As a tribute to his significant contribution and to commemorate his association with School, SMCS has instituted the Narayan Surve Memorial Prize for the Second best Student in MA. Media and Cultural Studies.

Waqar Pyare Khan

Waqar Pyare Khan, who passed away suddenly after a massive heart attack in April 2009, has made an irreplaceable contribution to secular initiatives in Mumbai. Born in 1965, Waqar Khan was a small manufacturer who came to the city in the 1980s as a migrant from UP and hawked bananas before he gradually built up a garment business. He lived and worked in Dharavi, Mumbai.

The 1992-93 riots, which badly affected Dharavi, constituted a watershed event in life of Waqar, which made him realise the importance of working for communal harmony. He along with his friend Bhau Korde got involved in various peace initiatives, which included the Dharavi Mohalla Committee, set up by Mr. Satish Sawhney, the then Police Commissioner and other citizens. It was through this activity that Waqar first met Bhau. They became good friends and colleagues, who along with several others, worked tirelessly to restore community trust and build up destroyed relationships.

The School of Media and Cultural Studies, Tata Institute of Social Sciences, has documented the inspiring work of Waqar Khan and Bhau Korde in the film Naata (The Bond), which was also telecast by NDTV 24×7, after the Mumbai attacks. What is remarkable is that both of them have been able to mobilise local support and resources in order to create materials that have been popular with slum audiences. Often, media materials produced for communal harmony end up preaching to the converted. They reach a select, elite group of ‘secular-minded’ individuals. Waqarbhai and Bhau Korde have been able to appropriate the language and idiom of the popular to make a convincing case for communal amity that reaches audiences, which are often neglected by the secular media. Their media work is integrated with a commitment to ensure peace through various other means, such as holding local meetings, taking stands on issues, expressing a voice of moderation and tolerance. In the ultimate analysis, it is sustained and committed grassroots initiatives such as these which hold the promise of change and hope in these troubled times.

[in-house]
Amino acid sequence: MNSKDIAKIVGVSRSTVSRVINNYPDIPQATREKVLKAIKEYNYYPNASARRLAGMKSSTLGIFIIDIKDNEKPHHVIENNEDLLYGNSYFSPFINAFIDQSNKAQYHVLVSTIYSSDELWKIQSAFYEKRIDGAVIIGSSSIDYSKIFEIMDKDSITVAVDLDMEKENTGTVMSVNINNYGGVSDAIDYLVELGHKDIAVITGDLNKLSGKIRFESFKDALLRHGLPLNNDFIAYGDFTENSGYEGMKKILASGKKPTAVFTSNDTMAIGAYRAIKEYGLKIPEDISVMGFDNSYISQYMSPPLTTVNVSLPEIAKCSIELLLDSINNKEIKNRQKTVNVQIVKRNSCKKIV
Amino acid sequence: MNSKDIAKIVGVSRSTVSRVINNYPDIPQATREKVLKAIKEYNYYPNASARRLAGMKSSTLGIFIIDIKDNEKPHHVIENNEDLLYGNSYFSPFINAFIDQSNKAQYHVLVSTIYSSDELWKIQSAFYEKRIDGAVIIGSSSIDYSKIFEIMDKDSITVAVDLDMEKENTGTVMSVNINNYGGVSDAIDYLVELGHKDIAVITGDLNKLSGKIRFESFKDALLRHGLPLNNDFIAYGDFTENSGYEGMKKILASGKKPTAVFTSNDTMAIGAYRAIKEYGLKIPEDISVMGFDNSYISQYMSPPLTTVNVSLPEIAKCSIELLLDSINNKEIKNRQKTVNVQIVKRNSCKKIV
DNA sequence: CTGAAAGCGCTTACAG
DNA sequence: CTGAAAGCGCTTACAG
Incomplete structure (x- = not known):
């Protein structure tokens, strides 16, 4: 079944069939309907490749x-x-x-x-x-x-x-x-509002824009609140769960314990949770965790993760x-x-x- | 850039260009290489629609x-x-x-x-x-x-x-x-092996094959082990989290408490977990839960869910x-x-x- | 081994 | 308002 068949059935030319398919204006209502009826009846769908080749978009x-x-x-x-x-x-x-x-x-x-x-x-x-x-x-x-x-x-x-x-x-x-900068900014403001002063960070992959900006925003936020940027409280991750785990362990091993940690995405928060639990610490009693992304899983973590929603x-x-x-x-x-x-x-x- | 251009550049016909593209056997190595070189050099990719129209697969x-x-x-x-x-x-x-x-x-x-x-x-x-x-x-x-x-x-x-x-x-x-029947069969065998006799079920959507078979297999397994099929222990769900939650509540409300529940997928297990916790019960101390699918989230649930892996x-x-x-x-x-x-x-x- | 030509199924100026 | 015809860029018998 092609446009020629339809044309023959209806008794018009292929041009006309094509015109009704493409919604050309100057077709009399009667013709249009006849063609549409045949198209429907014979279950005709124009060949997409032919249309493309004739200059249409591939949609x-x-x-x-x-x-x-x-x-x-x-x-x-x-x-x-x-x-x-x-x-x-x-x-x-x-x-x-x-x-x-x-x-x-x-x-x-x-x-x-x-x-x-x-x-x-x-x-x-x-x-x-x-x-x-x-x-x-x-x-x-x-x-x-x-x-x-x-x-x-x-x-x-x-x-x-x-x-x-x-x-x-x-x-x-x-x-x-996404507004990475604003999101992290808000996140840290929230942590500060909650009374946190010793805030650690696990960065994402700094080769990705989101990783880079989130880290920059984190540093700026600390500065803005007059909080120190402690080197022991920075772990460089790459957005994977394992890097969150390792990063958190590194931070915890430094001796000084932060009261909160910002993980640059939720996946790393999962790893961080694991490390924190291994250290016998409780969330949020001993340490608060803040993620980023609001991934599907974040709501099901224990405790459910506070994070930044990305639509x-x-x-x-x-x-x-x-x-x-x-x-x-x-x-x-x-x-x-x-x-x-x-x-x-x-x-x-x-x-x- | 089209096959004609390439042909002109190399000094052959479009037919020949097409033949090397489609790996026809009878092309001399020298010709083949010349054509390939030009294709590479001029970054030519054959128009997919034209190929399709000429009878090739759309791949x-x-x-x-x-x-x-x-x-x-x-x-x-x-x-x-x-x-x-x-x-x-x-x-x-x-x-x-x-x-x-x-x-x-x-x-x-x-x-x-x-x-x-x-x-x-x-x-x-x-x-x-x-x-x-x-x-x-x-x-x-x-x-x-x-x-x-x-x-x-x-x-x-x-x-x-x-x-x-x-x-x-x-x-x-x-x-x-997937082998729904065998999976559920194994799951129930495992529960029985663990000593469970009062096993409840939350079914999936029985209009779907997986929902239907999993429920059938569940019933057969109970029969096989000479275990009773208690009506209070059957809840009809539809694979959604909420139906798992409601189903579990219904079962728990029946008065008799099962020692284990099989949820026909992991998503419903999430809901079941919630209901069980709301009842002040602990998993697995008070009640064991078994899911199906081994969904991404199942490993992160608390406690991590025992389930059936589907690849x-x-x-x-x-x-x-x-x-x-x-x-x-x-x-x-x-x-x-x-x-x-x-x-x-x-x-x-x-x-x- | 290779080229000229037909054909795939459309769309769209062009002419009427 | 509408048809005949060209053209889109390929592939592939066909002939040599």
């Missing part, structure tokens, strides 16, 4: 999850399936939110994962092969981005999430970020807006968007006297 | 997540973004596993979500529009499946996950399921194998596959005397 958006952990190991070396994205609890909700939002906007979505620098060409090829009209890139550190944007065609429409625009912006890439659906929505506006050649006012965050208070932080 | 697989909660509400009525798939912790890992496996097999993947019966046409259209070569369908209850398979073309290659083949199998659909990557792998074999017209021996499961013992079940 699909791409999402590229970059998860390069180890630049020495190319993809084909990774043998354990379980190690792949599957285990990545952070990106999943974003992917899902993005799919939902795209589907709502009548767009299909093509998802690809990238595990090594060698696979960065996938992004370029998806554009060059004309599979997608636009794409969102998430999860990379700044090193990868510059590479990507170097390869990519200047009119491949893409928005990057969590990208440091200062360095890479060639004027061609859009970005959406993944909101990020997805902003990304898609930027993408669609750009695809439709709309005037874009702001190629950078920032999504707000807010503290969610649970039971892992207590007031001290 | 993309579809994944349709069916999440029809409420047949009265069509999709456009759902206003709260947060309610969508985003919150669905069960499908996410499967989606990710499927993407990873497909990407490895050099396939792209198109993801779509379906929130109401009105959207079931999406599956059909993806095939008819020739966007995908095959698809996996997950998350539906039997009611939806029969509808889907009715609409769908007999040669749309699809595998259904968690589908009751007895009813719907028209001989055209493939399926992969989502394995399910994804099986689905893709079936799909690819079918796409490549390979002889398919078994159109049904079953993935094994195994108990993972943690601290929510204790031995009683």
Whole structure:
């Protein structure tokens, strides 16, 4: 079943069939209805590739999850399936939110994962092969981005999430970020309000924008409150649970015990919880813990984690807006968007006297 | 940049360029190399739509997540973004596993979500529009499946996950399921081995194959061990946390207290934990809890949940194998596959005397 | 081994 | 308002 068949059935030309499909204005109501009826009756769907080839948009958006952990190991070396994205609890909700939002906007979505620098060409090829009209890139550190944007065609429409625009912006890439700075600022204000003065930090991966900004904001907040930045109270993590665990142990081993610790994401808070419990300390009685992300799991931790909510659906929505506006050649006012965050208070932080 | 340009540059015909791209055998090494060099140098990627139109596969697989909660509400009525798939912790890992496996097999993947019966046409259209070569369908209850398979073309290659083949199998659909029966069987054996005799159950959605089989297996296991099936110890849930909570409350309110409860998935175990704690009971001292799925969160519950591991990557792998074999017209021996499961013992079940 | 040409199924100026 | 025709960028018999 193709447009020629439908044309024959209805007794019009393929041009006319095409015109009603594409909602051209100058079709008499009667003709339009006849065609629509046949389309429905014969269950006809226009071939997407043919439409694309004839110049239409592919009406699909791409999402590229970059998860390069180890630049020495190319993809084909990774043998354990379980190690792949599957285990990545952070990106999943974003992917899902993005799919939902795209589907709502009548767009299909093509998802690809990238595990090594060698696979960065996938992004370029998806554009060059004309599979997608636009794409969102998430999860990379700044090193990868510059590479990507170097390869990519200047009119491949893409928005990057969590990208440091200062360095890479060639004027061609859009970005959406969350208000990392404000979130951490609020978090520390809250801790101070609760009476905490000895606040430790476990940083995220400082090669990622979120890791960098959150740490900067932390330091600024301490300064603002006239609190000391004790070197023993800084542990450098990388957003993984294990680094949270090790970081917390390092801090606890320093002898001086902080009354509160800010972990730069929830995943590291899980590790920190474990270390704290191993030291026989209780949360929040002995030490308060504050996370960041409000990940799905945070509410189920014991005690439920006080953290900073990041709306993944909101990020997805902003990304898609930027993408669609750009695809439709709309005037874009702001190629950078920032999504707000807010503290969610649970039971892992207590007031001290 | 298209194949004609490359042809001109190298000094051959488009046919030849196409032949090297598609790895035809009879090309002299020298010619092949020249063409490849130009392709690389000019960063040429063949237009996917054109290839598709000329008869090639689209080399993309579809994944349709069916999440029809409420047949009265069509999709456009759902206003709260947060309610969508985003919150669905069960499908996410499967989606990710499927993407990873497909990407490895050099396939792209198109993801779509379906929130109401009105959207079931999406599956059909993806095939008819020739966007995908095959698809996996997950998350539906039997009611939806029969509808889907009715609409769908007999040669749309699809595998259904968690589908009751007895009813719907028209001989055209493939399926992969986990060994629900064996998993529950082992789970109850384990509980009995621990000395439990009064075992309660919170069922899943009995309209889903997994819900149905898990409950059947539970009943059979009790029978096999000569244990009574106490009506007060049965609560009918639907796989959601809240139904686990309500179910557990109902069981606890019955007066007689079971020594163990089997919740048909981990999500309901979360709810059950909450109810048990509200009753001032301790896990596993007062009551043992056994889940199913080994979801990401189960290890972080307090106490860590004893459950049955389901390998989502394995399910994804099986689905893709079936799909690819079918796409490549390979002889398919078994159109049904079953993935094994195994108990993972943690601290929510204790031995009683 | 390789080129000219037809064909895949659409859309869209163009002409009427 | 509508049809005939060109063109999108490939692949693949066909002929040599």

In grateful recognition of his important contribution to the cause of alternative media, the School of Media and Cultural Studies instituted the Waqar Pyare Khan Memorial Prize for the Best Media Project.

Smitu Kothari

Another close friend of SMCS and of TISS passed away in March 2009. Smitu Kothari was a leading social and environmental activist in India, who worked tirelessly and selflessly for various social justice movements. A scholar-activist, Smitu was an important voice in the movement against large dams, particularly the Narmada Bachao Andolan (Save the Narmada Movement). He founded Lokayan and Intercultural Resources in Delhi and was a visiting professor at Princeton, Cornell and at TISS.

As a humble tribute to him, the School of Media and Cultural Studies has dedicated the best student research project prize in media and cultural studies to his memory: The Smitu Kothari Memorial Prize for the Best Research Project.